Science of Stress (Gen Ed 1162)

Semester: 

N/A

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Katie A. McLaughlin

Stress is a universal human experience. What is stress and why do we experience it? How does stress influence our emotions and the way we think and behave? What are common causes of stress in our modern world? What are the consequences of stress for our health and well-being? Why are some people more vulnerable to developing stress-related illnesses than others? And perhaps most importantly – what are the most effective strategies for coping with stress?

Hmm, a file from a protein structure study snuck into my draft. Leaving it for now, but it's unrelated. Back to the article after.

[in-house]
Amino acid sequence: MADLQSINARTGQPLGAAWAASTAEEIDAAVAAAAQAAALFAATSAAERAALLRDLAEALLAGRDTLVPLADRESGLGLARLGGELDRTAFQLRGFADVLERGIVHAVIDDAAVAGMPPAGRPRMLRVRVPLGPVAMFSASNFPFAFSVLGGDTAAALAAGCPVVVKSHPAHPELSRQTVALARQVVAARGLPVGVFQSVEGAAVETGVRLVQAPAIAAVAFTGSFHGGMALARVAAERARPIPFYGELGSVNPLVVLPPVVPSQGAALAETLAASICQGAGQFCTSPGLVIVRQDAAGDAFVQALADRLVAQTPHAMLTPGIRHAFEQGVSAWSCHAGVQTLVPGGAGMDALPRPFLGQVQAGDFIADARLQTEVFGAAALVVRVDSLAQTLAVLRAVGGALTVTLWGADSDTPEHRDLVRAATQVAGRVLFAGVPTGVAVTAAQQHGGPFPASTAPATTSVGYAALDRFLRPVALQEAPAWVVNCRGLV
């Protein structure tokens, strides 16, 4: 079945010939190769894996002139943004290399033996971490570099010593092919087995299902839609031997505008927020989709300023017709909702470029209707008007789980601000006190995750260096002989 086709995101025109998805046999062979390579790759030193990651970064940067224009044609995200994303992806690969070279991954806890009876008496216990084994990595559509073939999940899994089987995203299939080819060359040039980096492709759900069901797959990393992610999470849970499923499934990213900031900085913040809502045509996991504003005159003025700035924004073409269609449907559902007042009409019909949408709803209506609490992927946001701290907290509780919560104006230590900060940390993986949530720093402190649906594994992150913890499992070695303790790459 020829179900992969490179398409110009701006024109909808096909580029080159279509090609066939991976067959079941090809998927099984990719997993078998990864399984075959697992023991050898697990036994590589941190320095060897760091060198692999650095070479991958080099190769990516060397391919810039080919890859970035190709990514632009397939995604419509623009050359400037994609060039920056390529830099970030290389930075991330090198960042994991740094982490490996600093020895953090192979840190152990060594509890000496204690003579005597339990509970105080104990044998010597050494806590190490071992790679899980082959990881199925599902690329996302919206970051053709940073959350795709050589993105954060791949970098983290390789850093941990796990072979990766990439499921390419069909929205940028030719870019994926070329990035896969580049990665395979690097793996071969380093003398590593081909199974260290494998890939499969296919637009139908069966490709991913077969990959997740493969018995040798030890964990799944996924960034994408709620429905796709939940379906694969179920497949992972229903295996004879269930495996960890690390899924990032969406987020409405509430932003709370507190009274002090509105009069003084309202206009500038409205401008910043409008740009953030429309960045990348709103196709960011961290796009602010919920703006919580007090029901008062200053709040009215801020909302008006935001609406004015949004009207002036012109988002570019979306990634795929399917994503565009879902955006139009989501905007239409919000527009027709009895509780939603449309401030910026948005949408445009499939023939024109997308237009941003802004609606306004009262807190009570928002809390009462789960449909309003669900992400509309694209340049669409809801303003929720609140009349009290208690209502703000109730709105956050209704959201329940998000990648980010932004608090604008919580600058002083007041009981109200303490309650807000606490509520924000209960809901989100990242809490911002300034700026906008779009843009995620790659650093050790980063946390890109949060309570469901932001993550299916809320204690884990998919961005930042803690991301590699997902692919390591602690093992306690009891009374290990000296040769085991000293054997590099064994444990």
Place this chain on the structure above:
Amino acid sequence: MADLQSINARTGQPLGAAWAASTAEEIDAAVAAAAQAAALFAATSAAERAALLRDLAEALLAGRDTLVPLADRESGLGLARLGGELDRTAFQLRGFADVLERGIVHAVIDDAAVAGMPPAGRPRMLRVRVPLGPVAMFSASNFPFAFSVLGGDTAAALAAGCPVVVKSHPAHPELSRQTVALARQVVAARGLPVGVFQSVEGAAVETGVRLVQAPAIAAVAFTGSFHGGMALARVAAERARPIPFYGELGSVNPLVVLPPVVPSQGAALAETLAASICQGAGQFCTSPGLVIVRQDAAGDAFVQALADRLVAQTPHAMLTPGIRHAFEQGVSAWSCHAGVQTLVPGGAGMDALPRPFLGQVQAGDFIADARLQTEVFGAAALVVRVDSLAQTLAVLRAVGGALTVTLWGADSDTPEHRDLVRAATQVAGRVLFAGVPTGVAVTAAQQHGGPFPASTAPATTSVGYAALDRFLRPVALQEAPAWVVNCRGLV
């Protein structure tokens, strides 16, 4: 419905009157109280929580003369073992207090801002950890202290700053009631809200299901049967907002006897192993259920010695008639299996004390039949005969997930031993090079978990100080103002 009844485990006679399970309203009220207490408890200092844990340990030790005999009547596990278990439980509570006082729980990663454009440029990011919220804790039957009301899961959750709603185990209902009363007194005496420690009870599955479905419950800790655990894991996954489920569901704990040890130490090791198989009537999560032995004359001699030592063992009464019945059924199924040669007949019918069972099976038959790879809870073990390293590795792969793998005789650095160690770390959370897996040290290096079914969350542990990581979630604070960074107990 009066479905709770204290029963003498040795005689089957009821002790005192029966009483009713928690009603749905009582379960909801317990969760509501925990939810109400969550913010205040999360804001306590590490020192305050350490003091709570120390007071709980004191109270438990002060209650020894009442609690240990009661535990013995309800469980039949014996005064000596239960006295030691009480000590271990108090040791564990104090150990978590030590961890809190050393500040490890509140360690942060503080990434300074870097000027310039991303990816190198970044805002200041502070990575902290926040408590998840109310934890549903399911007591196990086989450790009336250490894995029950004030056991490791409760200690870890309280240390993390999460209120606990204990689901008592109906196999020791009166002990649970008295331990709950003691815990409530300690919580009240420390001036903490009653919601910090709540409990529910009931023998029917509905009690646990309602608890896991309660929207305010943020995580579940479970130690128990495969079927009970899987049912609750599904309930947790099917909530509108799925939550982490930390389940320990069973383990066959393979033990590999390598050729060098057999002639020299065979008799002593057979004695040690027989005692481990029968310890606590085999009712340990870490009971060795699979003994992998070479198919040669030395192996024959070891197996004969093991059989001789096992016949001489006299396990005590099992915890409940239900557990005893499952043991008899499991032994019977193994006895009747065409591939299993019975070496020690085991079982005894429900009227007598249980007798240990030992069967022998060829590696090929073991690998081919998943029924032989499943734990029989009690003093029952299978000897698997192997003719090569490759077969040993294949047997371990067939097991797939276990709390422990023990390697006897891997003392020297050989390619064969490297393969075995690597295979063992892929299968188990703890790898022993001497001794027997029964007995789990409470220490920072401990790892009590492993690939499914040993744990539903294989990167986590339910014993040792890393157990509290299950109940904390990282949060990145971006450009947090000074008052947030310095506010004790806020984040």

This course will address these questions with a particular focus on translating advances in the science of stress to help students learn how to manage stress more effectively in their lives. Students who take this course will: Develop knowledge of the stress response, including the neurobiological systems that govern our responses to stress and how they can influence our emotions, cognition, and behavior; Learn to identify causes of stress in the environment and the types of experiences that are likely to trigger a stress response; Develop an understanding of the long-term effects of stress on our health and well-being and how stressful experiences might contribute to disparities in health; Learn skills for adapting to stress—by actively testing a series of evidence-based stress management skills, students will develop a toolkit of strategies for responding to stress effectively in their own lives; Become informed consumers of the scientific literature on stress.